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  • Vertiginous epilepsy


    Vertiginous epilepsy is infrequently the first symptom of a seizure, characterized by a feeling of vertigo. When it occurs there is a sensation of rotation or movement that lasts for a few seconds before full seizure activity. While the specific causes of this disease are speculative there are several methods for diagnosis, the most important being the patient's recall of episodes. Most times, those diagnosed with vertiginous seizures are left to self-manage their symptoms or are able to use anti-epileptic medication to dampen the severity of their symptoms. Vertiginous epilepsy has also been referred to as Epileptic vertigo, Vestibular epilepsy, Vestibular seizures, and Vestibulogenic seizures in different cases, but vertiginous epilepsy is the preferred term.

  • Orthostatic intolerance


    Orthostatic intolerance (OI) is the development of symptoms when standing upright which are relieved when reclining. There are many types of orthostatic intolerance. OI can be a subcategory of dysautonomia, a disorder of the autonomic nervous system occurring when an individual stands up. There is a substantial overlap between syndromes of orthostatic intolerance on the one hand, and either chronic fatigue syndrome (CFS) or fibromyalgia (FM) on the other. It affects more women than men (female-to-male ratio is at least 4:1), usually under the age of 35. Orthostatic intolerance occurs in humans because standing upright is a fundamental stressor and requires rapid and effective circulatory and neurologic compensations to maintain blood pressure, cerebral blood flow, and consciousness. When a human stands, approximately 750 mL of thoracic blood is abruptly translocated downward. People who suffer from OI lack the basic mechanisms to compensate for this deficit.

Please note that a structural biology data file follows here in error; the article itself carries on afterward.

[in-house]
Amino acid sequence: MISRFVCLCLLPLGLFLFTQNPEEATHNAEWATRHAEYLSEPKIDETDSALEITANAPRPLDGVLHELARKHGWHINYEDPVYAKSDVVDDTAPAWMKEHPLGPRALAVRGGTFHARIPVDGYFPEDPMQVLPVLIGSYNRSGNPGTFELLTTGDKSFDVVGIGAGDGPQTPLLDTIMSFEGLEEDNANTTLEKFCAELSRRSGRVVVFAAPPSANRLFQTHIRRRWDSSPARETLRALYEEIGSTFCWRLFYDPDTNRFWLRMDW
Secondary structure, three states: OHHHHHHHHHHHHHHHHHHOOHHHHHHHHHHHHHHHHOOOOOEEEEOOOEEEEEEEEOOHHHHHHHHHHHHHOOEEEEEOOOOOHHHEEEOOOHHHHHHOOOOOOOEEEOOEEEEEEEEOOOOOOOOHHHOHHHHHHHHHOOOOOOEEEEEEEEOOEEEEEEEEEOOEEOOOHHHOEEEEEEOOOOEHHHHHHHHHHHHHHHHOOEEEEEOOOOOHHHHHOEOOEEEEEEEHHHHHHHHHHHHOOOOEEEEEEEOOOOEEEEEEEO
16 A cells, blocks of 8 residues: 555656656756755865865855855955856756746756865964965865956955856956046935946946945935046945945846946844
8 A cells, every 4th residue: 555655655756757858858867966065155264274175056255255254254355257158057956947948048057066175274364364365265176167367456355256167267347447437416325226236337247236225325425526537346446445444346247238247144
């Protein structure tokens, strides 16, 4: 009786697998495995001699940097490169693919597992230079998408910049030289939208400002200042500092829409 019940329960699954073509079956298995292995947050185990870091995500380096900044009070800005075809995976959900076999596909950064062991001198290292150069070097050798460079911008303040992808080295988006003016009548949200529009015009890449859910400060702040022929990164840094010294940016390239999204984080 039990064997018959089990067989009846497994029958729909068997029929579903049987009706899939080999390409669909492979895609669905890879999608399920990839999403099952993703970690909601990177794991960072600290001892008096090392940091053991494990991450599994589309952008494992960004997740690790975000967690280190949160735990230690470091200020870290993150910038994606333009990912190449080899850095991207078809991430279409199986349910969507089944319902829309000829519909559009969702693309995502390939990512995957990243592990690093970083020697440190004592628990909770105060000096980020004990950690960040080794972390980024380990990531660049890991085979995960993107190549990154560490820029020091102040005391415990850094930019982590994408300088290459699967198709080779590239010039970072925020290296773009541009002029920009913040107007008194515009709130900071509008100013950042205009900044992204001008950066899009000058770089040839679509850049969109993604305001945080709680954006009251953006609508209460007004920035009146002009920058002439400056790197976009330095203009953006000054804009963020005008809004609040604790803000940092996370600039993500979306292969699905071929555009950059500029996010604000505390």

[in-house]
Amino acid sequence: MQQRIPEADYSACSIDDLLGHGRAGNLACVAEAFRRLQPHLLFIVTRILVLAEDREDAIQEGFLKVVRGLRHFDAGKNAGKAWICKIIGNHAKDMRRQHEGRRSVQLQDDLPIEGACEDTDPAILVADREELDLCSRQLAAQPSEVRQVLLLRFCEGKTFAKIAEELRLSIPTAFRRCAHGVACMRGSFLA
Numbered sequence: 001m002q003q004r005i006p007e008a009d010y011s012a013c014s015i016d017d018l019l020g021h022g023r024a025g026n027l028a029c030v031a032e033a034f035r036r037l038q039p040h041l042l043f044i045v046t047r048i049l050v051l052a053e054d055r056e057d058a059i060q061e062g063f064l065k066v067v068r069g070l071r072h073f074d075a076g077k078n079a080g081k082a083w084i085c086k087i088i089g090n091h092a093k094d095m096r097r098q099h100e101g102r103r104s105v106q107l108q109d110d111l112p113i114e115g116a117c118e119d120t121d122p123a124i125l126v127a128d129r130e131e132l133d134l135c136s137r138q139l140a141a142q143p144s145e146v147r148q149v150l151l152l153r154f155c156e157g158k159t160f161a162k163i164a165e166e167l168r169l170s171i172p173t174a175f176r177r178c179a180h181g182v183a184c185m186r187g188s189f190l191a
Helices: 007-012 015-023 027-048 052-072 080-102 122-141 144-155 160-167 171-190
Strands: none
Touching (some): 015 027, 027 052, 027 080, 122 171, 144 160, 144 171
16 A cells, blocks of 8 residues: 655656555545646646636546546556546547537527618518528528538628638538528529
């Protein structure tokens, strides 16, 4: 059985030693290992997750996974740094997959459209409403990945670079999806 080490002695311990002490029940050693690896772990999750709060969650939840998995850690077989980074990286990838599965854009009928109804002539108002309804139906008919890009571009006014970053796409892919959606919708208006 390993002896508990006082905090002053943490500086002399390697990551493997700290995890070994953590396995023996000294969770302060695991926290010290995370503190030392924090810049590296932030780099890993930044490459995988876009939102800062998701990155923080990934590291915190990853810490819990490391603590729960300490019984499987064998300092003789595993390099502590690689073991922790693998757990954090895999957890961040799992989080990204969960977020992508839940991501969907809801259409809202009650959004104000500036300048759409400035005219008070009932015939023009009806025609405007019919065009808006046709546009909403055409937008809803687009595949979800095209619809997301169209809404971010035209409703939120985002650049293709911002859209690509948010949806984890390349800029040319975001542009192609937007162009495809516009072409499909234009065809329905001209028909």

• Dizziness


    Dizziness is an impairment in spatial perception and stability. The term dizziness is imprecise: it can refer to vertigo, presyncope, disequilibrium, or a non-specific feeling such as giddiness or foolishness. One can induce dizziness by engaging in disorientating activities such as spinning. Vertigo is the sensation of spinning or having one's surroundings spin about them. Many people find vertigo very disturbing and often report associated nausea and vomiting. It represents about 25% of cases of occurrences of dizziness. Disequilibrium is the sensation of being off balance and is most often characterized by frequent falls in a specific direction. This condition is not often associated with nausea or vomiting. Presyncope is lightheadedness, muscular weakness, and feeling faint as opposed to a syncope, which is actually fainting. Non-specific dizziness is often psychiatric in origin. It is a diagnosis of exclusion and can sometimes be brought about by hyperventilation.A stroke is the cause of isolated dizziness in 0.7% of people who present to the emergency department.

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